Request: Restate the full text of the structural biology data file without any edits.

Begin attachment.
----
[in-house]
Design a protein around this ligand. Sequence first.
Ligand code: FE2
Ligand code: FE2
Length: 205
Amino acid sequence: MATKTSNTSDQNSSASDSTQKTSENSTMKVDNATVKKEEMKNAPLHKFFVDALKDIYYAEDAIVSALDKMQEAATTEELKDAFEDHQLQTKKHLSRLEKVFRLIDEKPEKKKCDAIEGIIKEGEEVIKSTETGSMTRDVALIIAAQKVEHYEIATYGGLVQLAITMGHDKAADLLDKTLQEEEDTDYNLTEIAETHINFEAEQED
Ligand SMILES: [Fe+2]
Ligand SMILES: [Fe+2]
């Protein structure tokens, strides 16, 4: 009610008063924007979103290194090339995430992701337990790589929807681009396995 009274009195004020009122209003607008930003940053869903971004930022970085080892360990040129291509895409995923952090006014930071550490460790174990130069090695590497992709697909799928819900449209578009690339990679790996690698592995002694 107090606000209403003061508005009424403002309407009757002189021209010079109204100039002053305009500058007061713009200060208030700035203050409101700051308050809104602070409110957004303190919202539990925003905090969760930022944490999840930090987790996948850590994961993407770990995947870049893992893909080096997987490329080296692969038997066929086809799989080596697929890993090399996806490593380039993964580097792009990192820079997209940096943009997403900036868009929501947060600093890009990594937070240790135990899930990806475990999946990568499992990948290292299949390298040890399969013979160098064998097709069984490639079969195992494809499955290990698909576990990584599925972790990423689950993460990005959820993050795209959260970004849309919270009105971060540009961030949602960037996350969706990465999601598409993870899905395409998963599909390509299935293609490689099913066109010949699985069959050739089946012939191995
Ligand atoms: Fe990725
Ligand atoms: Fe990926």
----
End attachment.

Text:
[in-house]
Design a protein around this ligand. Sequence first.
Ligand code: FE2
Ligand code: FE2
Length: 205
Amino acid sequence: MATKTSNTSDQNSSASDSTQKTSENSTMKVDNATVKKEEMKNAPLHKFFVDALKDIYYAEDAIVSALDKMQEAATTEELKDAFEDHQLQTKKHLSRLEKVFRLIDEKPEKKKCDAIEGIIKEGEEVIKSTETGSMTRDVALIIAAQKVEHYEIATYGGLVQLAITMGHDKAADLLDKTLQEEEDTDYNLTEIAETHINFEAEQED
Ligand SMILES: [Fe+2]
Ligand SMILES: [Fe+2]
């Protein structure tokens, strides 16, 4: 009610008063924007979103290194090339995430992701337990790589929807681009396995 009274009195004020009122209003607008930003940053869903971004930022970085080892360990040129291509895409995923952090006014930071550490460790174990130069090695590497992709697909799928819900449209578009690339990679790996690698592995002694 107090606000209403003061508005009424403002309407009757002189021209010079109204100039002053305009500058007061713009200060208030700035203050409101700051308050809104602070409110957004303190919202539990925003905090969760930022944490999840930090987790996948850590994961993407770990995947870049893992893909080096997987490329080296692969038997066929086809799989080596697929890993090399996806490593380039993964580097792009990192820079997209940096943009997403900036868009929501947060600093890009990594937070240790135990899930990806475990999946990568499992990948290292299949390298040890399969013979160098064998097709069984490639079969195992494809499955290990698909576990990584599925972790990423689950993460990005959820993050795209959260970004849309919270009105971060540009961030949602960037996350969706990465999601598409993870899905395409998963599909390509299935293609490689099913066109010949699985069959050739089946012939191995
Ligand atoms: Fe990725
Ligand atoms: Fe990926």